Baker A, Ames B, Sokhey AE, Renno LR. JOURNAL OF POLITICS. 78 (1) (January 01, 2016): 197-213.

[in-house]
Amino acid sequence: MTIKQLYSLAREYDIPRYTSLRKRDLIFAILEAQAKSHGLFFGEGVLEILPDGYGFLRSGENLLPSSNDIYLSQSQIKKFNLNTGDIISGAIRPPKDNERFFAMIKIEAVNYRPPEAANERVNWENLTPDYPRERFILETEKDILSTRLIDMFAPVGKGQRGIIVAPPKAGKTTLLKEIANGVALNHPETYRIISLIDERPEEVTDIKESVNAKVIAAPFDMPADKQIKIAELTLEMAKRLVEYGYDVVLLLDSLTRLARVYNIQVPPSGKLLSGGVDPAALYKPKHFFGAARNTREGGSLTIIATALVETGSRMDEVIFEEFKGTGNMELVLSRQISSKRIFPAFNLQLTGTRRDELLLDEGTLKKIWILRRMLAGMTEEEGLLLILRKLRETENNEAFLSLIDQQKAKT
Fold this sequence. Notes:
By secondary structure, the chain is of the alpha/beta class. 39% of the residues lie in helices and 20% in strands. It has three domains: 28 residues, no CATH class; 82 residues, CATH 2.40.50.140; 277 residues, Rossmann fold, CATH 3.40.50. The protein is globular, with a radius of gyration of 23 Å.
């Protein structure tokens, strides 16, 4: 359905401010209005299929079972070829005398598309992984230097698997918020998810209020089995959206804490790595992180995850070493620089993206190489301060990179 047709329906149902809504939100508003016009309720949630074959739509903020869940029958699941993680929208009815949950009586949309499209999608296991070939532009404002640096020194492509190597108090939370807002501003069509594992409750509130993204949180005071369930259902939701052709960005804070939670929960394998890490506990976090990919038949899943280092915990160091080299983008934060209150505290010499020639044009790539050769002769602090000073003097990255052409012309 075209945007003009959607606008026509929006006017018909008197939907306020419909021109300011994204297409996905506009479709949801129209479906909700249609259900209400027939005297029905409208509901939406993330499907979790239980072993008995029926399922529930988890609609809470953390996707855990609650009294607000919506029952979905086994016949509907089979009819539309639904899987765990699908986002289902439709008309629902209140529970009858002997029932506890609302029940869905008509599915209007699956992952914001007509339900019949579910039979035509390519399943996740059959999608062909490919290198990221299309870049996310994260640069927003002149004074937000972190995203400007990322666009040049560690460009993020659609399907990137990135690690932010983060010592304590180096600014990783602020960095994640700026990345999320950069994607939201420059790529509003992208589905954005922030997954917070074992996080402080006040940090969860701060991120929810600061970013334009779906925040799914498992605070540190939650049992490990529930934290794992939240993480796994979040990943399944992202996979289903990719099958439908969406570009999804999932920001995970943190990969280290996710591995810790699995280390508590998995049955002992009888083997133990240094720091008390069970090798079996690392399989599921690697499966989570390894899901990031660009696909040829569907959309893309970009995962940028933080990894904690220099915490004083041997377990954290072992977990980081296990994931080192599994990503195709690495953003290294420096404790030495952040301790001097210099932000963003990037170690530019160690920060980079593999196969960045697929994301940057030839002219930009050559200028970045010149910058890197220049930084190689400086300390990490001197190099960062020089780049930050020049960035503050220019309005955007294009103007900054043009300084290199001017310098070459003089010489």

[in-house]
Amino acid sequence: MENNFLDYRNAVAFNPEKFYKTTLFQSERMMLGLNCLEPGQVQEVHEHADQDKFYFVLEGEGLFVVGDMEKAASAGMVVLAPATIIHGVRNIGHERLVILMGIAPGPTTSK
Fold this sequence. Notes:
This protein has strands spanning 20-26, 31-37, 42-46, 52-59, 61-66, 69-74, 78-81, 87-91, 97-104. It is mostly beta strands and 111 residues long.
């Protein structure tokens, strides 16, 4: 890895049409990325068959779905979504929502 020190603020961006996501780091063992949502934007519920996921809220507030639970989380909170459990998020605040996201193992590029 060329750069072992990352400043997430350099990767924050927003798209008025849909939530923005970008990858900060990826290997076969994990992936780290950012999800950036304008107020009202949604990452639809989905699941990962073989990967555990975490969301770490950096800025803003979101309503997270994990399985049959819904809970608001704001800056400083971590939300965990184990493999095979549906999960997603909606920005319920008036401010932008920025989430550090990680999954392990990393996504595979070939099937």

What happens to partisanship when a party undergoes rapid and visible elite-led changes that dilute its traditional brand? We address scholarly debates on the stability of mass partisanship by analyzing the consequences of the major brand change (marked by policy moderation and scandal) experienced by the leftist Brazilian Workers Party (PT) between 2002 and 2006. Analyzing a survey panel with interviews spanning this period, we find that many Brazilian citizens alternated between petismo and independence but rarely crossed party lines. They switched, we demonstrate, in response to political events. While the PT’s brand dilution drove away some traditional petistas, we observe two other dynamics: the rise of a new brand associated with the successful incumbent president (Lula) attracted new adherents, and amid this instability, a core of petistas stood by their party. Our findings suggest that scholarship on partisanship has established a false dichotomy between stability and instability.